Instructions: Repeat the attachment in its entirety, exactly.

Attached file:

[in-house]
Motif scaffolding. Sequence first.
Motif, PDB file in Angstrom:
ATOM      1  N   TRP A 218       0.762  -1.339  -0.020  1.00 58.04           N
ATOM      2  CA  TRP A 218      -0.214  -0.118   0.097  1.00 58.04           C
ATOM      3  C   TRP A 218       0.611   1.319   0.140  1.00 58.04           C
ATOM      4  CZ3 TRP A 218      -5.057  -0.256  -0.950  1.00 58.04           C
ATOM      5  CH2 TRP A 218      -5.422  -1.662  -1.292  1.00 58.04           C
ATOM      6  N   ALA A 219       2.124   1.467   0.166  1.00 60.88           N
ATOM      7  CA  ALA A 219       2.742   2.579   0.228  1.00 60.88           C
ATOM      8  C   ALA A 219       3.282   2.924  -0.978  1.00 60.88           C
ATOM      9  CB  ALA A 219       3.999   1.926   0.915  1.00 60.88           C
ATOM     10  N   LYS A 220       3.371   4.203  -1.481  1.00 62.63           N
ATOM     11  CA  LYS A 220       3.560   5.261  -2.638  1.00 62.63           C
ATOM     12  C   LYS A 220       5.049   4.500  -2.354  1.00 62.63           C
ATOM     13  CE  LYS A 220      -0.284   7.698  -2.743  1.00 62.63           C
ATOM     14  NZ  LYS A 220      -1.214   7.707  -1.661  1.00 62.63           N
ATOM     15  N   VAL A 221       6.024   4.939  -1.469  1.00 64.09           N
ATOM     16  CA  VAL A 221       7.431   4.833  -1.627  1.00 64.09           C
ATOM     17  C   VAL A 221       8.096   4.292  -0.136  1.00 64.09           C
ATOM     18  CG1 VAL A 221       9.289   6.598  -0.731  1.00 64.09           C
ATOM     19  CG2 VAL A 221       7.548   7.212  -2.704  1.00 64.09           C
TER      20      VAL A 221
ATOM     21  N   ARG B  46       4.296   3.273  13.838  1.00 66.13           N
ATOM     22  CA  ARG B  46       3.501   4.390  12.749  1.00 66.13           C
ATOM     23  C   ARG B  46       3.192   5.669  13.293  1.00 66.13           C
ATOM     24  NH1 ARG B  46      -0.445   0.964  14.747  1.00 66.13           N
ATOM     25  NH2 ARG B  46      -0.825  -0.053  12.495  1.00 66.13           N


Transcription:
[in-house]
Motif scaffolding. Sequence first.
Motif, PDB file in Angstrom:
ATOM      1  N   TRP A 218       0.762  -1.339  -0.020  1.00 58.04           N
ATOM      2  CA  TRP A 218      -0.214  -0.118   0.097  1.00 58.04           C
ATOM      3  C   TRP A 218       0.611   1.319   0.140  1.00 58.04           C
ATOM      4  CZ3 TRP A 218      -5.057  -0.256  -0.950  1.00 58.04           C
ATOM      5  CH2 TRP A 218      -5.422  -1.662  -1.292  1.00 58.04           C
ATOM      6  N   ALA A 219       2.124   1.467   0.166  1.00 60.88           N
ATOM      7  CA  ALA A 219       2.742   2.579   0.228  1.00 60.88           C
ATOM      8  C   ALA A 219       3.282   2.924  -0.978  1.00 60.88           C
ATOM      9  CB  ALA A 219       3.999   1.926   0.915  1.00 60.88           C
ATOM     10  N   LYS A 220       3.371   4.203  -1.481  1.00 62.63           N
ATOM     11  CA  LYS A 220       3.560   5.261  -2.638  1.00 62.63           C
ATOM     12  C   LYS A 220       5.049   4.500  -2.354  1.00 62.63           C
ATOM     13  CE  LYS A 220      -0.284   7.698  -2.743  1.00 62.63           C
ATOM     14  NZ  LYS A 220      -1.214   7.707  -1.661  1.00 62.63           N
ATOM     15  N   VAL A 221       6.024   4.939  -1.469  1.00 64.09           N
ATOM     16  CA  VAL A 221       7.431   4.833  -1.627  1.00 64.09           C
ATOM     17  C   VAL A 221       8.096   4.292  -0.136  1.00 64.09           C
ATOM     18  CG1 VAL A 221       9.289   6.598  -0.731  1.00 64.09           C
ATOM     19  CG2 VAL A 221       7.548   7.212  -2.704  1.00 64.09           C
TER      20      VAL A 221
ATOM     21  N   ARG B  46       4.296   3.273  13.838  1.00 66.13           N
ATOM     22  CA  ARG B  46       3.501   4.390  12.749  1.00 66.13           C
ATOM     23  C   ARG B  46       3.192   5.669  13.293  1.00 66.13           C
ATOM     24  NH1 ARG B  46      -0.445   0.964  14.747  1.00 66.13           N
ATOM     25  NH2 ARG B  46      -0.825  -0.053  12.495  1.00 66.13           N